"Good night, sleep tight!". Remember when that was just something your parents said as you easily drifted into a blissful sleep? Is it still so easy? If you're like many people today, getting a good 7-8 hours of uninterrupted, restful shut-eye at night isn't a common occurrence. Whether it be nodding off in the first place, staying asleep through the night, or a combination of both, there can be many reasons, and every person will typically have a combination of them.
Listed here are a few of the common causes of insomnia, as well as some hints for what you can do about them!
Reduce stress and Resolve emotional Conflict
Sleep issues and emotional stress feed each other, worsening both conditions. Often, people are unable to sleep due to emotional issues causing their minds to race, however after a poor night’s sleep, one is less able to cope with daily stresses… and the cycle continues.
Today, our lives are filled with stress and emotional issues, it is no surprise that one of the first symptoms that you are overwhelmed is that you have difficulty sleeping. Finding ways to manage your daily stress is possible but does take some dedication on your part.
Looking at your diet:
Avoid all caffeine
Caffeine is a well-known stimulant, giving you that “boost” to get you going in the morning, but even that morning cup can affect your sleep in the evening. The caffeine from coffee has been shown to remain in the body even 20 hours after consumption!
Caffeine is also a diuretic, keeping you running to the bathroom all night when you should be sleeping.
Sources of caffeine include: coffee, black teas, soft drinks, energy drinks and many over-the-counter medications
Eat a healthy diet.
Whole foods like fruit, vegetables, complex carbohydrates, healthy fats, clean proteins will ensure you get all the nutrients you need to facilitate a restful sleep.
Avoid sugar and refined carbohydrates (high glycemic index foods)
These foods offer a very quick source of glucose, giving you a quick energy boost. These effects are short lived however, and blood glucose levels crash just as quickly leaving your brain and body starved for food, a condition called hypoglycemia. Some symptoms of hypoglycemia include dizziness, irritability, headache, anxiety, sweating, palpitations or rapid pulse, feelings of weakness and possibly double vision.
Ensure sure you have regular meals and include a snack a couple of hours before bed.
This is because when blood sugar is low, cortisol and adrenaline (stress hormones) are released which tells the brain that food is needed. If this happens during the night, the brain will rouse you or prevent a deep sleep.
Avoid food allergies or sensitivities
Avoid use of over-the-counter (OTC) drugs, alcohol and nicotine
Many OTCs contain caffeine, which as previously discussed can be a big problem.
Nicotine is a stimulant which induces the release of stress hormones, which stimulate the body, increase heart rate and blood pressure, keeping you alert and awake.
Alcohol is a sedative which, though it can ease the transition into sleep, prevents the body from reaching the deeper more restorative and rejuvenating stages of sleep. Alcohol is also a simple sugar, which can lead to nighttime hypoglycemia and waking as previously described. Add to these negative effects, alcohol is a diuretic, keeping you running to the bathroom.
Reset your internal clock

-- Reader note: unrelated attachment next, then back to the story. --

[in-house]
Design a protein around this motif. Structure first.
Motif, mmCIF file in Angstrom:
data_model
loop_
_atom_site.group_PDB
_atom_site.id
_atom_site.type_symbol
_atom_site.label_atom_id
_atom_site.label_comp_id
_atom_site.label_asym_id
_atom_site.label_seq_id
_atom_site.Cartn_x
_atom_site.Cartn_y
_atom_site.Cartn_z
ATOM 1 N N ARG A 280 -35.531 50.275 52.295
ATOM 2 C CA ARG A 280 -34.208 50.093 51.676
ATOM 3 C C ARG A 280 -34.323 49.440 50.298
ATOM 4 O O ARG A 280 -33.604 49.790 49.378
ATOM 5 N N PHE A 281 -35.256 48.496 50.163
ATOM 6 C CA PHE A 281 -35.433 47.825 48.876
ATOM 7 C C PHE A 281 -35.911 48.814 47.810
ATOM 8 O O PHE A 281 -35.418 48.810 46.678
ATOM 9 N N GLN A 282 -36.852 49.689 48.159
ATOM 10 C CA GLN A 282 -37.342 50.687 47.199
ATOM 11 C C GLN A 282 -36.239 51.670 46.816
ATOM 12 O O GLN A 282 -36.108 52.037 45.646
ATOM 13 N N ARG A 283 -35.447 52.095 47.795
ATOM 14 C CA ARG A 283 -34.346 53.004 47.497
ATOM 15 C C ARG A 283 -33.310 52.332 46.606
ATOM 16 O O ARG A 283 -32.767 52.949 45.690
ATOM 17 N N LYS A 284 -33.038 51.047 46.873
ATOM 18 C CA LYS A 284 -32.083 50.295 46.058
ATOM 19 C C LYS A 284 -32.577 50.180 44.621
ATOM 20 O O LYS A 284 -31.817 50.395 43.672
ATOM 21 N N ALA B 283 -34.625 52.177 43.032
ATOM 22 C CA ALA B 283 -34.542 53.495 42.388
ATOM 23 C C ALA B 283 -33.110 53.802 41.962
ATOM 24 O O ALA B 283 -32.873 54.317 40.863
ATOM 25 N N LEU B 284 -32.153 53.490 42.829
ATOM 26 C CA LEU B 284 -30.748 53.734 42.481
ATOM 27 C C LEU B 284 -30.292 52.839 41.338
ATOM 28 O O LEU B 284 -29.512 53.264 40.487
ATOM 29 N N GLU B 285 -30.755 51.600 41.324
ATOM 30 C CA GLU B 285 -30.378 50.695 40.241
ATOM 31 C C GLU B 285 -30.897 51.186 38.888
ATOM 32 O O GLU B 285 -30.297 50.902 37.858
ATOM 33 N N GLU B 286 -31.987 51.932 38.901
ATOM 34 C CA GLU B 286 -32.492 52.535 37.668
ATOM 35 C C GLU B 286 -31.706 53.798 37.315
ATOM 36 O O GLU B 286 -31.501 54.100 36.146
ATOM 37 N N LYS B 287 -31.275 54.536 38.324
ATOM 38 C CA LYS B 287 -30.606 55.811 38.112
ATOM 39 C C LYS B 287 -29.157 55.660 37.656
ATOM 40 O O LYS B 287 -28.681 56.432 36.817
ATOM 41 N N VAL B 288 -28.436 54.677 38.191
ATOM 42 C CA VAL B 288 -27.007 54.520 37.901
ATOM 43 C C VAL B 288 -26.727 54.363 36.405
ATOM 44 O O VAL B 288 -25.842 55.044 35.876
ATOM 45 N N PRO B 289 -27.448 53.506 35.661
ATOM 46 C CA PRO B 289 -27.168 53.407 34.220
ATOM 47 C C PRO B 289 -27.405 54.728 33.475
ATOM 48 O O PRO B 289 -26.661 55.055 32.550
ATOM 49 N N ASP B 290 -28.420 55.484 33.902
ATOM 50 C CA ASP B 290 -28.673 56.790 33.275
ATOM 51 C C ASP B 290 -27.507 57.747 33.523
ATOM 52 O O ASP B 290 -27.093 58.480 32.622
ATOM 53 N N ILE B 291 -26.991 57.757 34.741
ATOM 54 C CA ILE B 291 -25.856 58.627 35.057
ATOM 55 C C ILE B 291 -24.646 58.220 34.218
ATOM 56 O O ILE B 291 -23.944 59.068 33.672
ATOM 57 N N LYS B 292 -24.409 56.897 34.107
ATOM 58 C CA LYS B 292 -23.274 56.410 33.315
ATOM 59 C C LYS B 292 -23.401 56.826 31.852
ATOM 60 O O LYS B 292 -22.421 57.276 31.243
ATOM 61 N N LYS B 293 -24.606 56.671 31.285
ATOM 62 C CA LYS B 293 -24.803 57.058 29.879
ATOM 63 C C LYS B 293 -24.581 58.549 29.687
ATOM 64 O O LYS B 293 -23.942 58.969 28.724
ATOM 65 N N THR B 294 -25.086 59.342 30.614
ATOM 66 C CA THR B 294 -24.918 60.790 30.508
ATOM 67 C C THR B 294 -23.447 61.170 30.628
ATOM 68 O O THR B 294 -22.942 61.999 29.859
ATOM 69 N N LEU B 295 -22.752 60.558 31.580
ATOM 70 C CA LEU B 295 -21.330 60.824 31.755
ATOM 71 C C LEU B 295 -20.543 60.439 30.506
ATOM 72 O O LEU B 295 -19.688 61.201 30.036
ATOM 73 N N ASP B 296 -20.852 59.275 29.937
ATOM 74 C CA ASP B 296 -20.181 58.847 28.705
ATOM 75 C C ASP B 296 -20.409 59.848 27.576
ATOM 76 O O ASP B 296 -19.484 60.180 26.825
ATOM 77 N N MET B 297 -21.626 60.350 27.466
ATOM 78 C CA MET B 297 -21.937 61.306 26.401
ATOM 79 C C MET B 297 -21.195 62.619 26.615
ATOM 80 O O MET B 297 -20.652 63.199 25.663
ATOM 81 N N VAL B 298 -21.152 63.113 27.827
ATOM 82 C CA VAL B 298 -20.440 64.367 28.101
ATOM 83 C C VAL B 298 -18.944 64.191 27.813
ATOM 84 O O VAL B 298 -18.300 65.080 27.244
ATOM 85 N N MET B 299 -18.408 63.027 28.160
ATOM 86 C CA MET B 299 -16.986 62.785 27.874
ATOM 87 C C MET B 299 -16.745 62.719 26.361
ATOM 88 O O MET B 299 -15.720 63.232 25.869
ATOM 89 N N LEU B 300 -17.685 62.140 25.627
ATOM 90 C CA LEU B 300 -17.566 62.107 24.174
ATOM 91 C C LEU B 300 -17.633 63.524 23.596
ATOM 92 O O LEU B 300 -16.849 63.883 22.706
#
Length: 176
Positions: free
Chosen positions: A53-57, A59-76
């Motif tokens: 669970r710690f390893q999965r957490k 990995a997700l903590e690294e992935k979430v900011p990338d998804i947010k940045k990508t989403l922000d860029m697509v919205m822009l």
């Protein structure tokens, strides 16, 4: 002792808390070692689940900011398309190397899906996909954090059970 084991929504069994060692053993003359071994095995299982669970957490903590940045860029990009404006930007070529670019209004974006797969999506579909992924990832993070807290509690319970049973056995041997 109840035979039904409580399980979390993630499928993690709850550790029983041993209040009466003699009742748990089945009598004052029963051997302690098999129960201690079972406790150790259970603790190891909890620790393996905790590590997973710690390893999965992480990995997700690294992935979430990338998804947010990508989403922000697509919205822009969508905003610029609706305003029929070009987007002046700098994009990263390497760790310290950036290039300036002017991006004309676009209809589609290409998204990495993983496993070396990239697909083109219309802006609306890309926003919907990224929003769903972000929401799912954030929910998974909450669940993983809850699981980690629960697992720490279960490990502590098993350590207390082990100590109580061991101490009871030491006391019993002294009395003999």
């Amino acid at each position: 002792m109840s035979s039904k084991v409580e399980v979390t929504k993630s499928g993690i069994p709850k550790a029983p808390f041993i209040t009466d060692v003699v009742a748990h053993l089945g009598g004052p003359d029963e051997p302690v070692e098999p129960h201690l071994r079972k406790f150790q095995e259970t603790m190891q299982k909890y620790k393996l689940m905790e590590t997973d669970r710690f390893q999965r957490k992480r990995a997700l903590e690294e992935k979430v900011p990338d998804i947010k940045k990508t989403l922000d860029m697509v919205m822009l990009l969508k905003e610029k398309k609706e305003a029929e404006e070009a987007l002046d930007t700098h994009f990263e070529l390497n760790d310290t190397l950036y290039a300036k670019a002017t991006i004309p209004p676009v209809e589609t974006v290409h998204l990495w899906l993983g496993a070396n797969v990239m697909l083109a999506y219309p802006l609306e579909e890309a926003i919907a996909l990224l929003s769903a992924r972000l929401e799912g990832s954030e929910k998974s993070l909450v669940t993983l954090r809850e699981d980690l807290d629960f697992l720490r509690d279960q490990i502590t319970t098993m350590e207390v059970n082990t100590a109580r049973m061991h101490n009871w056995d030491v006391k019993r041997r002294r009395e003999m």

Our bodies naturally cycle through times of wakefulness and sleep during each 24hours regulated by the internal clock known as the circadian rhythm in conjunction with melatonin, the hormone that regulates sleep-wake cycles. The circadian rhythm can be disturbed by things like inappropriate exposure to light (too little during the day or too much at night), poor diet, some medications and stimulants and emotional stress.
Keep your sleeping environment as dark as possible and then let in the sun in the morning.
Keep the same sleep cycle every day, even weekends! This sets your internal clock and makes Monday morning easier to take!
Keep a regular meal, work and activity cycle to help maintain the circadian rhythm.
Foods such as bananas, oats, rice, corn, walnuts and tomatoes contain melatonin, and their consumption a couple hours before bed can help improve sleepfulness.
Melatonin production can also be increased by a warm bath.
Instill a ‘wind-down’ routine to help set the tone for sleep. Starting an hour or so before bed, choose quieter, calming activities with low lighting such as reading, meditation, journaling or knitting.
Create a healthy living and sleeping environment
Electromagnetic fields (EMFs) have been shown to decrease melatonin production leading to sleep disturbance. To decrease EMF exposure:
Remove electronic equipment devices from the bedroom or at least 3 feet from the bed.
Avoid sleeping with an electric blanket.
Avoid standing next to microwaves or dishwashers when in use.
Turn off electronic devices such as TVs and computers when not in use, and keep them out of the bedroom as much as possible.
Get a new mattress (mattresses should be replaced approximately every 8 years)
Keep the bedroom for sleeping, intimacy and times of illness.
Don’t study, work or watch TV in bed. This prevents your brain from making inappropriate associations with the space.
If you cant sleep within 30 minutes, get up and leave the room. Find a relaxing activity you can do with low light and noise, then return to bed when you’re tired again. Don’t allow yourself to fall asleep in a place other than bed.
Keep your feet warm!
Adequate sleep is essential for health, productivity and for feeling good during the day! If you have lots of trouble with getting to sleep or staying asleep, visit your Naturopath who can help to identify why and then offer some options to help!
Dr Katarine Holewa, ND